Saturday, 16 March 2013

Why the #bedroomtax IS a tax

A couple of days ago I had a telephone call from a local resident. She was distraught.

The lady called me to say she had had her housing benefit notification letter for the coming year and she didn't know what to do.

Her housing benefit had been cut from just short of £18 a week to just over £2.00 because the bedroom tax doesn't take into account income, it's based on 'eligible rent'.

From somewhere the lady in question has got to find the best part of £15.00 EVERY week.

Now my caller isn't what is euphemistically described as a shirker. She is a single mum who works hard in a low paid job a walking distance away from her home.

She doesn't claim full benefit but because of her low income but she needs help to make ends meet.

And now she doesn't know what to do.

She can't find £15.00 each week when her budget is so tight to begin with but she can't easily move because there is a massive shortage of smaller homes in her area and she won't be able to walk to work if she moves further afield.

And there lies the problem and the reason why the bedroom tax IS a tax.

Oxforddictionaries.com defines a tax as 'a strain or heavy demand'.

What is a new bill of £15.00 each and every week when you simply haven't got the money if it isn't the very worst kind of strain?

Dictionary.com says that a tax is 'a burdensome charge, obligation, duty or demand'.

What greater burden is there than not knowing whether you are going to be able to provide a home for your family? Or keep your job?

And of course the bedroom tax provides a great obligation on those having to pay it. Cough up or be evicted.

Unfortunately because the bedroom tax is a regressive one designed to hit the poorest in our society it's not one that can be easily avoided.

No, decent hardworking people are facing a tax they have no way out of.

Just because money isn't being paid to the treasury in the wider definition it doesn't mean that the bedroom tax isn't a tax to those families hit by it.

Next time a Conservative tells you it isn't a tax, it's a 'spare room subsidy' just remind them of my caller and the true impact of this disgraceful burden.


4 comments:

  1. Disgusting, Cameron is far worse than Thatcher,
    Although Cameron`s ancestors in medieval times were probably jailers or tax collectors, EVIL runs in the family ,

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  2. Who won the 2nd world war !` it`s a mystery as this country has nothing to show for it ,The ones that came second , Have a much better society to live in yes they get taxed as well , But they don`t have Cameron the leach, ,,,,,,,,,,,,,,,,,,,,,,

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  3. I take it you have brought this up with Labour who introduced the these rules in 2008 on spare rooms for those in the private rented sector and did you call it a "disgraceful burden" then did you?

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    1. Thank you for your comment, you make an excellent comment which deserves a full answer.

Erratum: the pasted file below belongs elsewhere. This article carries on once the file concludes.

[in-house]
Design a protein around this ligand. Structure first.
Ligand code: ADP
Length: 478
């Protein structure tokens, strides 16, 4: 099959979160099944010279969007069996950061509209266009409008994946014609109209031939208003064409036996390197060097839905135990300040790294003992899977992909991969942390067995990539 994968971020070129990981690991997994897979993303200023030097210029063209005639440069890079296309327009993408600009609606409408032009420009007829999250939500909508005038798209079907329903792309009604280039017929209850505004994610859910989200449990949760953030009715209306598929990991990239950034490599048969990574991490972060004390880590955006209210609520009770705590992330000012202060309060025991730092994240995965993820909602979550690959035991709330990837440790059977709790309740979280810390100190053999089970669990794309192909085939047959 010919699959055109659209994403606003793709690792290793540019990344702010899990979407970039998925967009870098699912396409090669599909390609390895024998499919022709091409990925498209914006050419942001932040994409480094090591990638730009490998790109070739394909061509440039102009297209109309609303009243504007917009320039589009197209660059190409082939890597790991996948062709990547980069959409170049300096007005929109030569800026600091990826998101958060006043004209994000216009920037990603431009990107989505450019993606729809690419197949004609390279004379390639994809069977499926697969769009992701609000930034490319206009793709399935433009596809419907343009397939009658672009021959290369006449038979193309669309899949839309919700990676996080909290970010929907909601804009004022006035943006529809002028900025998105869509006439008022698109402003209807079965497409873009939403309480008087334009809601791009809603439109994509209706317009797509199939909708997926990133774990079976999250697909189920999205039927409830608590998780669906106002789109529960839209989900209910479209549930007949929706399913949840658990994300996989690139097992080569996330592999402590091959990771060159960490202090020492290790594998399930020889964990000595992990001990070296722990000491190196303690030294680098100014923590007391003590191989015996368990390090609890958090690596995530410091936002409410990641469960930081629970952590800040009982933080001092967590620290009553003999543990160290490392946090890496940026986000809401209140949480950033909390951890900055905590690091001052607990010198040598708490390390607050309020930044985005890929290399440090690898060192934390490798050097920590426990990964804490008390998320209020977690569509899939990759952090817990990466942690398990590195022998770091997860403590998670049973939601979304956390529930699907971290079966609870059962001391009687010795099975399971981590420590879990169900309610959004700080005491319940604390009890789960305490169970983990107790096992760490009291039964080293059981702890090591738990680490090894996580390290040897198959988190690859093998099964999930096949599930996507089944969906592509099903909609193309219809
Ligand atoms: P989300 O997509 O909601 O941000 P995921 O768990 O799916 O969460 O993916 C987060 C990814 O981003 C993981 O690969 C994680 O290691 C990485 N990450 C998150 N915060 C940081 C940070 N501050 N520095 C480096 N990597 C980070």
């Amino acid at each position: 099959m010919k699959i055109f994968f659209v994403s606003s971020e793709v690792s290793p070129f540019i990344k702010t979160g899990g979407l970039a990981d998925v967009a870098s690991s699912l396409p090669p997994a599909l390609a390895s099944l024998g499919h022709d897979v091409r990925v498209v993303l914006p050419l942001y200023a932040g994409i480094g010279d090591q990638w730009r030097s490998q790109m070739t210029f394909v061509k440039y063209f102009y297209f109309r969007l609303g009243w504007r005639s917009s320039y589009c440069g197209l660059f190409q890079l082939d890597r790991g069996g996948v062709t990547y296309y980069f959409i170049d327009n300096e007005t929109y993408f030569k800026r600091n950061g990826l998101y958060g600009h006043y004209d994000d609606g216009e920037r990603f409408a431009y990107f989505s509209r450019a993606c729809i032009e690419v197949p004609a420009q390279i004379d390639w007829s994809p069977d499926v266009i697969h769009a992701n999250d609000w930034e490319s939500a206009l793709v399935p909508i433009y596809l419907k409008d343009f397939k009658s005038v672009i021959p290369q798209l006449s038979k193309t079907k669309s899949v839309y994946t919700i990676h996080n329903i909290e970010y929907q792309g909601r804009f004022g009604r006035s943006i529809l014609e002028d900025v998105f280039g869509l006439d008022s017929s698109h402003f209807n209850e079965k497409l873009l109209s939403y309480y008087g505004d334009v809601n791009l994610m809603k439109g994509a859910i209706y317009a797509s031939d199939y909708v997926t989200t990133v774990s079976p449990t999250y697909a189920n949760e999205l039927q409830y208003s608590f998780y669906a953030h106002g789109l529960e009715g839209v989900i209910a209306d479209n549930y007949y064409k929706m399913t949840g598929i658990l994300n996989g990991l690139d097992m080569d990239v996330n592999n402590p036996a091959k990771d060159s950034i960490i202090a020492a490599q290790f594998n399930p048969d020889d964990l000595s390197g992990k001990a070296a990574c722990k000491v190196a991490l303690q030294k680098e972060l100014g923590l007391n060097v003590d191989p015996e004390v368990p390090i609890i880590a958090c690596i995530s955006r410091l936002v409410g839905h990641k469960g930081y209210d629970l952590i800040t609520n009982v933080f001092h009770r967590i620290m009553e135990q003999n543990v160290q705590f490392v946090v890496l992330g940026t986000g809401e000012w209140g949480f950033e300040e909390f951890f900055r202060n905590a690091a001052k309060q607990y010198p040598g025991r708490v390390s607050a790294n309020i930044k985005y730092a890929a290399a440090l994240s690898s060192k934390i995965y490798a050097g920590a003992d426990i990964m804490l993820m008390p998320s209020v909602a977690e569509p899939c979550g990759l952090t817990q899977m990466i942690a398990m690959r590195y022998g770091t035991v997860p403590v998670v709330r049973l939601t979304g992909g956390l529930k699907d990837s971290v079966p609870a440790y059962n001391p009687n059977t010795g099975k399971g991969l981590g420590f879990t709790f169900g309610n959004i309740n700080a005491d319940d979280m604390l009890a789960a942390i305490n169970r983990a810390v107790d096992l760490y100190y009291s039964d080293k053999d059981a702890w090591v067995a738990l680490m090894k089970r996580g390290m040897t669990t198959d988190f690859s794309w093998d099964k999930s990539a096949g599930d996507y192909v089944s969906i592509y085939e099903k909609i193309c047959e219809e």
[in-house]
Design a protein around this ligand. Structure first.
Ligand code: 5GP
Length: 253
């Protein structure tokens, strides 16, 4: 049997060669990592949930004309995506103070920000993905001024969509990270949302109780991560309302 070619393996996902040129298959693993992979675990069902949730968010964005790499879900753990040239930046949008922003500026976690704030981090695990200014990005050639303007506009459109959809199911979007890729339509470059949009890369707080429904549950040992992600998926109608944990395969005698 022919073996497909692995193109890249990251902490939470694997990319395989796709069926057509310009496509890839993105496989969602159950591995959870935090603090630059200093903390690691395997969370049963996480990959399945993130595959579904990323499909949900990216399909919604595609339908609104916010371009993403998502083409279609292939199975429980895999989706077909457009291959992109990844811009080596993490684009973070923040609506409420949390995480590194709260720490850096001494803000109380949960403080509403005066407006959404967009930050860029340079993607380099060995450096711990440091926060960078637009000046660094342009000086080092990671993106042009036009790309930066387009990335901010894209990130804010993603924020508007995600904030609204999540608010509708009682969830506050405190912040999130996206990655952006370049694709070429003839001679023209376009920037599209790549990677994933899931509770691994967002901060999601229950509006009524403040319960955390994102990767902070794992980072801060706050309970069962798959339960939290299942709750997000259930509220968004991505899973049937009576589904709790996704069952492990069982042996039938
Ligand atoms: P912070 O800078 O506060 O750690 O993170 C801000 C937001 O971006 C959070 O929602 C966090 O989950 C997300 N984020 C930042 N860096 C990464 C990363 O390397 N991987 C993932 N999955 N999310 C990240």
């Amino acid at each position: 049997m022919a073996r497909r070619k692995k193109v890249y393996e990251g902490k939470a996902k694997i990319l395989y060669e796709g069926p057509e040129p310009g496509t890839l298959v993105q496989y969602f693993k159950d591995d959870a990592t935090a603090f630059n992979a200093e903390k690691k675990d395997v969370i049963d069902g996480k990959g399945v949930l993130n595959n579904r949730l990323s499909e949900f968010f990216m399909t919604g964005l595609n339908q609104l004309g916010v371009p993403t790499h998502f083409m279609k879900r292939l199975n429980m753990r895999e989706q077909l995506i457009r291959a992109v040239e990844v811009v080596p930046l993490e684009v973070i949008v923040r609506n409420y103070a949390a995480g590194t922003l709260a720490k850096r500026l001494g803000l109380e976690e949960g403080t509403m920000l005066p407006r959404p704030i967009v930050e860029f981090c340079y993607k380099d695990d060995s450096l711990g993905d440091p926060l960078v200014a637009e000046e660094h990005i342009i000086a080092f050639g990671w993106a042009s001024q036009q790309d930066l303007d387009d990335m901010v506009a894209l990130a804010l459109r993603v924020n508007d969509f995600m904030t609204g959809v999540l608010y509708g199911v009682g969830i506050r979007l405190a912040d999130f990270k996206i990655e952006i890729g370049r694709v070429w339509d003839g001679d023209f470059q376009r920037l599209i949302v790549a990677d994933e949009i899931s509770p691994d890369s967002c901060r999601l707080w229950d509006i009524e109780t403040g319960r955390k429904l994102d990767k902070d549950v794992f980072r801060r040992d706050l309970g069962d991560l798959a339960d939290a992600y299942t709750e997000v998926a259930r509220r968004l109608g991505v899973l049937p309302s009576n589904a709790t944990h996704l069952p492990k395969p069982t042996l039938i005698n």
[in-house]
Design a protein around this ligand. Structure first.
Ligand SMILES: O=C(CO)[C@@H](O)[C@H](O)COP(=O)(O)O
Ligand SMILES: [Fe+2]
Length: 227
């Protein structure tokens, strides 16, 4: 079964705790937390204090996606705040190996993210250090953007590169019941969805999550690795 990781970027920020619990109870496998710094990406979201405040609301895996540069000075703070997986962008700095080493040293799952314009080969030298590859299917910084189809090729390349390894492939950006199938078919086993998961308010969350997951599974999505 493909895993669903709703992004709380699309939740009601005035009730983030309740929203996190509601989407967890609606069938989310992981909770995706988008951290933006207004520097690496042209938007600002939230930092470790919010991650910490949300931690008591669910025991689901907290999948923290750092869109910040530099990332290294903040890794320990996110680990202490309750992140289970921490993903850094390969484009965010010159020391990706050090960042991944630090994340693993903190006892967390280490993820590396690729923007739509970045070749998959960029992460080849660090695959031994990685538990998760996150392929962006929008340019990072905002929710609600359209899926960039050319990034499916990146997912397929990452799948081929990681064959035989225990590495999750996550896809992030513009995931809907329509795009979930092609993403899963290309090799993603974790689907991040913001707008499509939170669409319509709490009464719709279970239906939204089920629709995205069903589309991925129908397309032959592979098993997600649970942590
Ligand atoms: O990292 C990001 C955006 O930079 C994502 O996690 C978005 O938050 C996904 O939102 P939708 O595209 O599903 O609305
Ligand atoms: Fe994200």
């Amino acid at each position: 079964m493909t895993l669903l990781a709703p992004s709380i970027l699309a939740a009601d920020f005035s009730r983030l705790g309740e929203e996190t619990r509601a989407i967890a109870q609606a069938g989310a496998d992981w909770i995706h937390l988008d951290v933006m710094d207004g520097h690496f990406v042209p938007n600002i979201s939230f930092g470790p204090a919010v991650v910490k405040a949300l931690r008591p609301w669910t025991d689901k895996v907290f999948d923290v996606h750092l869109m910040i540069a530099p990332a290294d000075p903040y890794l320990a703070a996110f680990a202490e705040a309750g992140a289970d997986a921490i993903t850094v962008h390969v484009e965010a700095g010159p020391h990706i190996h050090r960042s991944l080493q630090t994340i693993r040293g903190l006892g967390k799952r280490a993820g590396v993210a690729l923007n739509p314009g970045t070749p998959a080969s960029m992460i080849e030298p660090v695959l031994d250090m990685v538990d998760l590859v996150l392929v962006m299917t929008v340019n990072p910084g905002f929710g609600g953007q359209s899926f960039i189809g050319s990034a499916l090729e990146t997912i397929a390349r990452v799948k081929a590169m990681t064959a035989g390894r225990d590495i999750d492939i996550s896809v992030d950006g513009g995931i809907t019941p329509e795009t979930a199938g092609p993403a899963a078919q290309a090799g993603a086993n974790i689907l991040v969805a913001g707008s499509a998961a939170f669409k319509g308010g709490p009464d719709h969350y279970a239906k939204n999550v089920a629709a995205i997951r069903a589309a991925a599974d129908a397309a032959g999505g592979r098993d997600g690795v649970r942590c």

In 2008 Labour introduced LHA which initiated a link between family size (or need) with housing benefit entitlement in the private sector. I believe we were right to do so.

      It therefore stands to reason that I do not have an objection in principle to linking need to entitlement in the council or RSL sector.

      I believe most people of whatever party, or no political affiliation, agree benefit should be based on need and family size is a factor which at least influences this.

      Where the bedroom tax falls down badly is in how it has been implemented for 3 reasons:

      1. The bedroom tax is being implemented against long established claimants, crucially LHA did not. Many of the arguments about inequity could have been negated by having a rolling program of implementation for new claimants, as LHA did.

      2. Bedroom Tax does not take into account reasonable exceptions caused by the vagaries of family life. What about families who need a spare room for medical equipment, or many older couples who for many reasons sleep in separate bedrooms? The legislation would have been much more palatable had this type of exception been considered.

      3. The bedroom tax is reliant on people having a choice to downsize. Sadly there is a massive shortage of smaller housing units, something governments of all colours have failed us on. It seems grossly unfair to say you can reduce your rent by downsizing if there is nowhere to downsize to, doesn't it? We desperately need more social housing, particularly smaller units.

      Everyone I have spoken to who has been affected by bedroom tax either has a valid reason for needing a spare room OR are happy to downsize.

      Like many of this government's policies the bedroom tax has been treated as a 'black and white' issue. In fact, as we all know, there are many shades of grey in between.

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